Times are dire for economists in America. The country is preoccupied with its economic misfortunes. Yet the most esteemed theorist of economic recovery seems to be the early 19th-century French populariser of Adam Smith known to Marx as ‘the inane Jean-Baptiste Say … [who] refutes himself again’. The most successful recent guide to the economy – a work called Wealth and Poverty, described by the Republican Director of the Office of Management and Budget as ‘Promethean in its intellectual power and insight’ – explains (with the required obeisance to Say) that slow economic growth is to be understood in terms of faith, the modesty of female sexuality and the ‘dominance of single and separated men in poor communities’.
We should have expected all this. ‘The cranks and critics flourish,’ said Joan Robinson ten years ago (in a lecture to the American Economics Association, reprinted in Contributions to Modern Economics), ‘because the orthodox economists have neglected the great problems that everyone else feels to be urgent and menacing.’ Since then, the great problems have become greater, and the goblins of irrational explanation more insistent: the American spirit which (according to Reagan) is about to blaze into life, Prometheus, Jean-Baptiste and his law of what is now known as the ‘supply side’.
In this murk of ghosts and orthodoxy, Lester Thurow is a dignified exception. He is resolutely concerned with the menaces of unemployment, inflation, poverty and inequality. His new book even helps us to understand the Republican economic policies of 1981. Thurow is a specialist in income distribution. The Zero-Sum Society, written for a general audience, looks at the troubles of the American economy from the perspective of the distribution of income, wealth and power. Most economic problems, Thurow argues, now have ‘a substantial zero-sum element’: that is to say, their resolution involves losses as well as gains, and thus the redistribution of economic well-being. The American ‘political and economic structure simply isn’t able to cope with [such an] economy’.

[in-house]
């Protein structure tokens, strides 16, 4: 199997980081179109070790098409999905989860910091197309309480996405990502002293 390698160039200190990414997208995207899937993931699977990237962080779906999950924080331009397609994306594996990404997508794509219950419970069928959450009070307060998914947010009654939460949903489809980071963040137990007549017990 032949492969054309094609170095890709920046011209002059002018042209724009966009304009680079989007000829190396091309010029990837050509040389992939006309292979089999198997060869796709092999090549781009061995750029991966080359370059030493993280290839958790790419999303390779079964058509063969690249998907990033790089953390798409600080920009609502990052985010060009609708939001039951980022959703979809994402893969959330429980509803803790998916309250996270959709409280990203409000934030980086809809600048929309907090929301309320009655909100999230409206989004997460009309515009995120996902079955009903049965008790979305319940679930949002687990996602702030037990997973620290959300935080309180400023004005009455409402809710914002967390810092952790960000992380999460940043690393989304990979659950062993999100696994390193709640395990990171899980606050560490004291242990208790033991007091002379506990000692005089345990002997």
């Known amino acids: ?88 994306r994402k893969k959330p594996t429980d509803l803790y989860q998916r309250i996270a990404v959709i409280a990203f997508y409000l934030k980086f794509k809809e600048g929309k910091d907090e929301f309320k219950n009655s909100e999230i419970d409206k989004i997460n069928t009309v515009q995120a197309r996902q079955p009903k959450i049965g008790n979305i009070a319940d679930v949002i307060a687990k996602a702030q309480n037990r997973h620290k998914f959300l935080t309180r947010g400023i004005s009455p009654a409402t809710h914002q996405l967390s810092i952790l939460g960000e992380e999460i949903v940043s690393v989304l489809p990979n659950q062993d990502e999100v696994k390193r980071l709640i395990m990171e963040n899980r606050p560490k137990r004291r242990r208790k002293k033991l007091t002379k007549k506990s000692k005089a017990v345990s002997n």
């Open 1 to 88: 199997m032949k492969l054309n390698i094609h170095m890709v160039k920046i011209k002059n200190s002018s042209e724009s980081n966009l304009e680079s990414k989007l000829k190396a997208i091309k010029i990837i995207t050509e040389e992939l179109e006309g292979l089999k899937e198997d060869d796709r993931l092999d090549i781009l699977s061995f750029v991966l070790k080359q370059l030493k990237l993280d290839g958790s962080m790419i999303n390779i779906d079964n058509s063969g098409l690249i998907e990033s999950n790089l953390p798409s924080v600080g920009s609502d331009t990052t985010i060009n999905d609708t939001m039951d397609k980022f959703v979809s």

From this perspective of losses and equity, Thurow provides a clear and convincing account of many contemporary troubles. He emphasises that economic growth requires not only investment but also disinvestment (in obsolete industries or regions or in workers with obsolete skills) and that ‘disinvestment is what our economy does worst.’ His account of the slowdown in productivity growth is particularly interesting, in that he looks at the disparate levels and rates of growth of output per hour worked in different industries. Forty per cent of the slowdown in productivity growth after 1972, he suggests, ‘can be traced to a shift in the mix of goods and services being demanded and produced’. In the period between 1948 and 1972, workers were leaving (low-productivity) agriculture for (middle-productivity) manufacturing and (high-productivity) non-manufacturing industries: since 1972, workers have found new jobs in low-productivity services and notably in health care.
In these circumstances of slow growth, it is difficult to allocate losses. For the incidence of misfortune is highly uneven. If energy prices increase, the rich become a little poorer, and the poor much poorer; people in the West of the United States become a little poorer and people in the North-East much poorer. There are similar disparities to do with, for example, the protection of the environment (which Thurow describes compellingly in terms of income elasticities of demand: ‘We have simply reached the point where, for many Americans, the next item on their acquisitive agenda is a cleaner environment’).
Meanwhile, the long period of economic growth since the Second World War had failed to make the distribution of income more equal. The poorest 20 per cent of families received 5 per cent of total family income in 1947, and 5.2 per cent in 1977; the share of the richest 20 per cent fell from 43 per cent to 41.5 per cent (and these families also owned almost 80 per cent of total wealth).